How much would Clinton and Trump raise the debt? The Committee for a Responsible Federal Budget projects that over the next 10 years Clinton’s tax and spending plans would boost the national debt by $200 billion above current projections while Trump would add an additional $5.3 trillion. Trump’s tax plan would bear most of the responsibility, CRFB said. The group relied on Tax Foundation estimates of Trump’s most recent tax plan.
Clinton would raise the estate tax rate up to 65 percent. She’s proposed hiking the levy to 50 percent for estates over $10 million, 55 percent for those from $50 million to $500 million, and 65 percent for estates larger than $500 million ($1 billion for couples). Earlier in the campaign, she proposed a 45 percent rate.
Germany moves closer to changing its inheritance tax rules. A conciliation committee of the upper and lower houses of parliament agreed that people inheriting family-owned companies will continue to enjoy preferential tax treatment if they hold on to the company and preserve jobs. In some cases, those owing the tax can defer payment, interest free, for seven years instead of the current ten years.
How can regionalism help central cities? Suburbanites pay a relatively small share of the tax burden needed to fund city programs that often benefit them. TPC’s Megan Randall shares how an Urban Institute conference explored new approaches to regionalism and how federal, state, and local governments can work together to deliver prosperity and growth.
Tune in this morning to understand the fiscal and economic consequences of immigration. The Urban Institute and the USC Sol Price School of Public Policy host the event following the release of the National Academy of Sciences, Engineering and Medicine report, The Economic and Fiscal Consequences of Immigration, the first comprehensive examination of this issue since 1997. The event will feature several of the study’s coauthors, as well as TPC’s Kim Rueben. Watch the live webcast here beginning at 9am.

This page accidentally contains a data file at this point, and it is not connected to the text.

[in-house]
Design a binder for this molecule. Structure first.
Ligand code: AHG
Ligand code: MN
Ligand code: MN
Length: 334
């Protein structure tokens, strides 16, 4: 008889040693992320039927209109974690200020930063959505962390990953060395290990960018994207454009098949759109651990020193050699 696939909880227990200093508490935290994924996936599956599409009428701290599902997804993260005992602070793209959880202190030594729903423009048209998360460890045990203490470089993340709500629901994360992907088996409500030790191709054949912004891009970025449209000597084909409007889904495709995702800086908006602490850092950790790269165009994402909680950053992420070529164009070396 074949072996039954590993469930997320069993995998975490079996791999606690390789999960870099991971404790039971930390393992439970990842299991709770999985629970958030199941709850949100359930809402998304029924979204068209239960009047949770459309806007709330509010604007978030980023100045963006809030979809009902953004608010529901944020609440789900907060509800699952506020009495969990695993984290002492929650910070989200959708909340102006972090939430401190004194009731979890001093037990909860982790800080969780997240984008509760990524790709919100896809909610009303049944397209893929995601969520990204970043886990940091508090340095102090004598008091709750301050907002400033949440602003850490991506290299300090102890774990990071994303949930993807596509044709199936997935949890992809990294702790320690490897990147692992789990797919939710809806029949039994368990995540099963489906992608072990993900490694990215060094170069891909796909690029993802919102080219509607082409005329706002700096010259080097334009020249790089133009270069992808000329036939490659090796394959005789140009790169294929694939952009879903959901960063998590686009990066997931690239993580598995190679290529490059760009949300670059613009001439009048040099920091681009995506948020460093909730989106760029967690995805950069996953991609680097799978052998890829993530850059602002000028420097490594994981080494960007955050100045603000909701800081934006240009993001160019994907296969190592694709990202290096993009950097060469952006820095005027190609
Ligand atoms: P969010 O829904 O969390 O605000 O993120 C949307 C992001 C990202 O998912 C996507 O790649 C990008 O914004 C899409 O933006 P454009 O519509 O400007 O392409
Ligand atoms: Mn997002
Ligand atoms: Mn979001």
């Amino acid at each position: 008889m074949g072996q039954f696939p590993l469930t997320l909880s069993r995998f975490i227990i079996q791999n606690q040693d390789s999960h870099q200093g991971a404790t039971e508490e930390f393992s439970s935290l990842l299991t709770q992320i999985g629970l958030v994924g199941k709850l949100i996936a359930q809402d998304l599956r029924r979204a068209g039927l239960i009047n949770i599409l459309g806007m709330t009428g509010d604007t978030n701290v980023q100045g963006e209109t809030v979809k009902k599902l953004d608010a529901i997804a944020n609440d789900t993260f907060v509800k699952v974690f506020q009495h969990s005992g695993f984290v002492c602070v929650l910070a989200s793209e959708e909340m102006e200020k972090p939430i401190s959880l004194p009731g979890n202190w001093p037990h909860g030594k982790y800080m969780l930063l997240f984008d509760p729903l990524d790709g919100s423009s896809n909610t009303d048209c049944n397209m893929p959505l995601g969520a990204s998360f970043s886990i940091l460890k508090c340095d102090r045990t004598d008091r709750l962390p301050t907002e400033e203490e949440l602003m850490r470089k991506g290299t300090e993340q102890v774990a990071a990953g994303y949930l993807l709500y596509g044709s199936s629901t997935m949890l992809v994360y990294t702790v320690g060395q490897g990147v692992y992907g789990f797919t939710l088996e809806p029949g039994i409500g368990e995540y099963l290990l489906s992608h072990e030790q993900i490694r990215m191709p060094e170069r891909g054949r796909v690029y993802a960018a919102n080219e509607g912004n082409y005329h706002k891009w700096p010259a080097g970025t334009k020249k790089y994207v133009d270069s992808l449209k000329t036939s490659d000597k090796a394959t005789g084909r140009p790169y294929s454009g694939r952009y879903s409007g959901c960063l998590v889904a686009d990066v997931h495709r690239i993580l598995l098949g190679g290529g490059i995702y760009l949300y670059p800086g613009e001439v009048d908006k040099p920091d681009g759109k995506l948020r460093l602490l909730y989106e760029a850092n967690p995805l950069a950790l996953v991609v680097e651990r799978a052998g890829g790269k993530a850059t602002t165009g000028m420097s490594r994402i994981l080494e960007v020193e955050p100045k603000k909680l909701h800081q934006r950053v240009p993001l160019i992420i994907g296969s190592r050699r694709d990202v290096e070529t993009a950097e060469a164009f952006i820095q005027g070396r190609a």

The OECD says nations have moved away from austerity. The Organization for Economic Cooperation and Development says that governments stopped raising taxes (paywall) in 2015 and instead offered targeted tax cuts to support economic growth. In the years immediately following the 2008 financial meltdown, many nation raised taxes to narrow budget deficits.
Olympic booty and other tax breaks. The House passed, 415-1, a new tax break for Olympic medalists. The Olympics bill has one change from earlier versions: Athletes making $1 million or more annually would no longer be eligible for the tax break. The Senate has passed its own version of the Olympic bill, but without the income cap.
Also on the Hill. Michigan Representative Sandy Levin, the top Democrat on the House Ways & Means panel, sent a letter to IRS Commissioner John Koskinen to request an immediate audit of the Donald J. Trump Foundation. Ways & Means also passed an extension of a nuclear power tax credit. Senate Finance Committee top Democrat Ron Wyden introduced a bill for a new tax credit to boost rental housing construction for middle-income earners.
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